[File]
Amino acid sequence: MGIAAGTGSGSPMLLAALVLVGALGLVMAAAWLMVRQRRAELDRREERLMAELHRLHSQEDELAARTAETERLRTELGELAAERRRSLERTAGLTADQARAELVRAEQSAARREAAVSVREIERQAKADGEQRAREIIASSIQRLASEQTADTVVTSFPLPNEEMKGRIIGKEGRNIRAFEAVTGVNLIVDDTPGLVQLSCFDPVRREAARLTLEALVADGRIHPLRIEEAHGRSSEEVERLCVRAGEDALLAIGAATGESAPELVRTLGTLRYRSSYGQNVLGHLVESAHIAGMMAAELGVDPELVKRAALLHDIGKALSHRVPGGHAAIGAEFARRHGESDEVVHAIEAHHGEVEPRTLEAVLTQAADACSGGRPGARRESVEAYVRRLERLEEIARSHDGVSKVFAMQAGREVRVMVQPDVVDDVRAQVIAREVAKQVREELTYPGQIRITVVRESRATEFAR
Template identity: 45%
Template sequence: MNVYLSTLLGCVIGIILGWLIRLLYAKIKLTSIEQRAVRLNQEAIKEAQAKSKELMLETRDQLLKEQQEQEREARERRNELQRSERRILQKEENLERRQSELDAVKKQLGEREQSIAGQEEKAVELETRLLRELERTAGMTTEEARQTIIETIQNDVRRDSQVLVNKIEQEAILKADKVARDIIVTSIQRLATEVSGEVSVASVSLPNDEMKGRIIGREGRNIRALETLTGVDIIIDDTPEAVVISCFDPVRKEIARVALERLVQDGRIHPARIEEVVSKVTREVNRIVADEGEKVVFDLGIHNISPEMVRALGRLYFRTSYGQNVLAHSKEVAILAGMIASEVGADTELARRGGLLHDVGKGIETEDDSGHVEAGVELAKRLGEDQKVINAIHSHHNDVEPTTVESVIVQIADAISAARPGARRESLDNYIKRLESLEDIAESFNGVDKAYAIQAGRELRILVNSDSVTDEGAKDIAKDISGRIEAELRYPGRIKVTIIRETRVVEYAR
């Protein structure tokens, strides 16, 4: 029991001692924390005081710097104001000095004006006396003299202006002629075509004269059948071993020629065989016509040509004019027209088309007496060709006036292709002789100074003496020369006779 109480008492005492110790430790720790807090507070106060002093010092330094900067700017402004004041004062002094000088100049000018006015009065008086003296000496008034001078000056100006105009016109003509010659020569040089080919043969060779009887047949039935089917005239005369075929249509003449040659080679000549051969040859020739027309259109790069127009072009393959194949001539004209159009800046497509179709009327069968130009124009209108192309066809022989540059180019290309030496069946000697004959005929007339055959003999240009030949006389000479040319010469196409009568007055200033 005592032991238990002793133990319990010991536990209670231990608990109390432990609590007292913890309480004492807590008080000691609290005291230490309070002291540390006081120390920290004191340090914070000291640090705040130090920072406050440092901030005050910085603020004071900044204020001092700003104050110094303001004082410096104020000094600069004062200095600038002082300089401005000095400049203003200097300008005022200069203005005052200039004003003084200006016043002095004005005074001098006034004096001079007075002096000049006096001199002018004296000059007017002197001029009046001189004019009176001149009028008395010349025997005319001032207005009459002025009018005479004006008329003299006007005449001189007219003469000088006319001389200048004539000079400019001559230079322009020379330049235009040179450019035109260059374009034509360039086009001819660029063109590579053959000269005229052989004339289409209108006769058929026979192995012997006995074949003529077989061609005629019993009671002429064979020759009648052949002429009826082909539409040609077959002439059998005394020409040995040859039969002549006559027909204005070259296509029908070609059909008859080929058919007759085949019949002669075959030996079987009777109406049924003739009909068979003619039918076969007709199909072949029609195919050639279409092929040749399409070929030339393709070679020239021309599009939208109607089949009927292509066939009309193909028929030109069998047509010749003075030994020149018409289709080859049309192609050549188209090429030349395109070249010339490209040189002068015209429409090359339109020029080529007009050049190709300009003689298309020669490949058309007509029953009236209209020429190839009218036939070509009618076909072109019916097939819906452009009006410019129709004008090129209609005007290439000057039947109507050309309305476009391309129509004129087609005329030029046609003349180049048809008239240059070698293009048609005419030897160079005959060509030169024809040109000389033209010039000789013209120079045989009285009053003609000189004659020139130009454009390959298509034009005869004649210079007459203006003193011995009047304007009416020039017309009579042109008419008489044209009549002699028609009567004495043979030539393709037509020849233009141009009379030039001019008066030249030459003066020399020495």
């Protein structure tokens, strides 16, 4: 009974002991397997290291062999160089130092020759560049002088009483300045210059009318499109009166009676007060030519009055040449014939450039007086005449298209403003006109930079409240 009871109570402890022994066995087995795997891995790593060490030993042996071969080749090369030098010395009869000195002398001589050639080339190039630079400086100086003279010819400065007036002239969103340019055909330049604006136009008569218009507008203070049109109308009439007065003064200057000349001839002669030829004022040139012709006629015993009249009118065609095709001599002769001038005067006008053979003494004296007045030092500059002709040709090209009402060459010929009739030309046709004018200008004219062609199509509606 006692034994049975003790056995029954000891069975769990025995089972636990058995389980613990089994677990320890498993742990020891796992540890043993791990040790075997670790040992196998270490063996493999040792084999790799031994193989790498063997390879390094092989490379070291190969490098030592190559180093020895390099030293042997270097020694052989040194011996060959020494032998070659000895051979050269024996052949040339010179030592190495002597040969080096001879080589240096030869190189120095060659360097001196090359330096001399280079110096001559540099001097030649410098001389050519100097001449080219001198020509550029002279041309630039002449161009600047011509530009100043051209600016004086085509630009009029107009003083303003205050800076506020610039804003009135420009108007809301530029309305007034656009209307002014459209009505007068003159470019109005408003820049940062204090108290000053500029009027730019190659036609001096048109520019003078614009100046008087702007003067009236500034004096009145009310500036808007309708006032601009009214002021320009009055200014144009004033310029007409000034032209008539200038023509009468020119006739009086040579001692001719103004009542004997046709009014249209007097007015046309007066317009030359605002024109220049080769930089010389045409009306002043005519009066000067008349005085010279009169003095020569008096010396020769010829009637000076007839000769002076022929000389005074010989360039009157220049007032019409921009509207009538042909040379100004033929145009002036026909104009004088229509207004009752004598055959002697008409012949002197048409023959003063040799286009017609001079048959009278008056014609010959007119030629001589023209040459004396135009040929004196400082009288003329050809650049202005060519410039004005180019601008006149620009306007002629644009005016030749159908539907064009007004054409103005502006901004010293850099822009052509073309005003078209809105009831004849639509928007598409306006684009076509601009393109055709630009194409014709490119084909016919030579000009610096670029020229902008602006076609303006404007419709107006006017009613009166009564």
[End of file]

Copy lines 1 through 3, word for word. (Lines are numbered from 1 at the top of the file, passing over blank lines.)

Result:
Amino acid sequence: MGIAAGTGSGSPMLLAALVLVGALGLVMAAAWLMVRQRRAELDRREERLMAELHRLHSQEDELAARTAETERLRTELGELAAERRRSLERTAGLTADQARAELVRAEQSAARREAAVSVREIERQAKADGEQRAREIIASSIQRLASEQTADTVVTSFPLPNEEMKGRIIGKEGRNIRAFEAVTGVNLIVDDTPGLVQLSCFDPVRREAARLTLEALVADGRIHPLRIEEAHGRSSEEVERLCVRAGEDALLAIGAATGESAPELVRTLGTLRYRSSYGQNVLGHLVESAHIAGMMAAELGVDPELVKRAALLHDIGKALSHRVPGGHAAIGAEFARRHGESDEVVHAIEAHHGEVEPRTLEAVLTQAADACSGGRPGARRESVEAYVRRLERLEEIARSHDGVSKVFAMQAGREVRVMVQPDVVDDVRAQVIAREVAKQVREELTYPGQIRITVVRESRATEFAR
Template identity: 45%
Template sequence: MNVYLSTLLGCVIGIILGWLIRLLYAKIKLTSIEQRAVRLNQEAIKEAQAKSKELMLETRDQLLKEQQEQEREARERRNELQRSERRILQKEENLERRQSELDAVKKQLGEREQSIAGQEEKAVELETRLLRELERTAGMTTEEARQTIIETIQNDVRRDSQVLVNKIEQEAILKADKVARDIIVTSIQRLATEVSGEVSVASVSLPNDEMKGRIIGREGRNIRALETLTGVDIIIDDTPEAVVISCFDPVRKEIARVALERLVQDGRIHPARIEEVVSKVTREVNRIVADEGEKVVFDLGIHNISPEMVRALGRLYFRTSYGQNVLAHSKEVAILAGMIASEVGADTELARRGGLLHDVGKGIETEDDSGHVEAGVELAKRLGEDQKVINAIHSHHNDVEPTTVESVIVQIADAISAARPGARRESLDNYIKRLESLEDIAESFNGVDKAYAIQAGRELRILVNSDSVTDEGAKDIAKDISGRIEAELRYPGRIKVTIIRETRVVEYAR